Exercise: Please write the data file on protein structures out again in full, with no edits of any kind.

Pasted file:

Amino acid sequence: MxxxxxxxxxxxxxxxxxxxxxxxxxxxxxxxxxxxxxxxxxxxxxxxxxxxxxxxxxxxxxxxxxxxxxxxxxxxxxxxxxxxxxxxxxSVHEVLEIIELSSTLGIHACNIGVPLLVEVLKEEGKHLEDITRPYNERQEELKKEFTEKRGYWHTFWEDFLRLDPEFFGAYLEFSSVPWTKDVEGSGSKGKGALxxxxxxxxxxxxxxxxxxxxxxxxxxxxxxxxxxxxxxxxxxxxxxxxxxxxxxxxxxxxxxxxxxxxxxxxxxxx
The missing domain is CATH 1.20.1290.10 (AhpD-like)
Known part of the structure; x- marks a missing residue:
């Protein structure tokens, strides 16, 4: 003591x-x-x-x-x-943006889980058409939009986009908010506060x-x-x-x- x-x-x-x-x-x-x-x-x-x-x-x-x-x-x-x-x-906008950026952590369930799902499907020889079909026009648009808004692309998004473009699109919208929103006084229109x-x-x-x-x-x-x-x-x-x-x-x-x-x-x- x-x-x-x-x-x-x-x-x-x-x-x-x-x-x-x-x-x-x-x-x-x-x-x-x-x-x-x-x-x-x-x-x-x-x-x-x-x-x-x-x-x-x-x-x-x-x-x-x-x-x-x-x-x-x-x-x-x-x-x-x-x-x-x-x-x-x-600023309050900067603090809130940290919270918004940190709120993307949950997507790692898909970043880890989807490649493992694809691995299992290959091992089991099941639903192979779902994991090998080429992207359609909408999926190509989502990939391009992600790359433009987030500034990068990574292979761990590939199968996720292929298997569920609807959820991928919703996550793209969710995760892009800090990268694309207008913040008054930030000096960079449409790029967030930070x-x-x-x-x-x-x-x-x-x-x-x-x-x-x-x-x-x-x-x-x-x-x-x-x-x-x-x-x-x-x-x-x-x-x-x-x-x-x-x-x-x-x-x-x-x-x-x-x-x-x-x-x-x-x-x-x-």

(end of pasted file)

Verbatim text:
Amino acid sequence: MxxxxxxxxxxxxxxxxxxxxxxxxxxxxxxxxxxxxxxxxxxxxxxxxxxxxxxxxxxxxxxxxxxxxxxxxxxxxxxxxxxxxxxxxxSVHEVLEIIELSSTLGIHACNIGVPLLVEVLKEEGKHLEDITRPYNERQEELKKEFTEKRGYWHTFWEDFLRLDPEFFGAYLEFSSVPWTKDVEGSGSKGKGALxxxxxxxxxxxxxxxxxxxxxxxxxxxxxxxxxxxxxxxxxxxxxxxxxxxxxxxxxxxxxxxxxxxxxxxxxxxx
The missing domain is CATH 1.20.1290.10 (AhpD-like)
Known part of the structure; x- marks a missing residue:
């Protein structure tokens, strides 16, 4: 003591x-x-x-x-x-943006889980058409939009986009908010506060x-x-x-x- x-x-x-x-x-x-x-x-x-x-x-x-x-x-x-x-x-906008950026952590369930799902499907020889079909026009648009808004692309998004473009699109919208929103006084229109x-x-x-x-x-x-x-x-x-x-x-x-x-x-x- x-x-x-x-x-x-x-x-x-x-x-x-x-x-x-x-x-x-x-x-x-x-x-x-x-x-x-x-x-x-x-x-x-x-x-x-x-x-x-x-x-x-x-x-x-x-x-x-x-x-x-x-x-x-x-x-x-x-x-x-x-x-x-x-x-x-x-600023309050900067603090809130940290919270918004940190709120993307949950997507790692898909970043880890989807490649493992694809691995299992290959091992089991099941639903192979779902994991090998080429992207359609909408999926190509989502990939391009992600790359433009987030500034990068990574292979761990590939199968996720292929298997569920609807959820991928919703996550793209969710995760892009800090990268694309207008913040008054930030000096960079449409790029967030930070x-x-x-x-x-x-x-x-x-x-x-x-x-x-x-x-x-x-x-x-x-x-x-x-x-x-x-x-x-x-x-x-x-x-x-x-x-x-x-x-x-x-x-x-x-x-x-x-x-x-x-x-x-x-x-x-x-």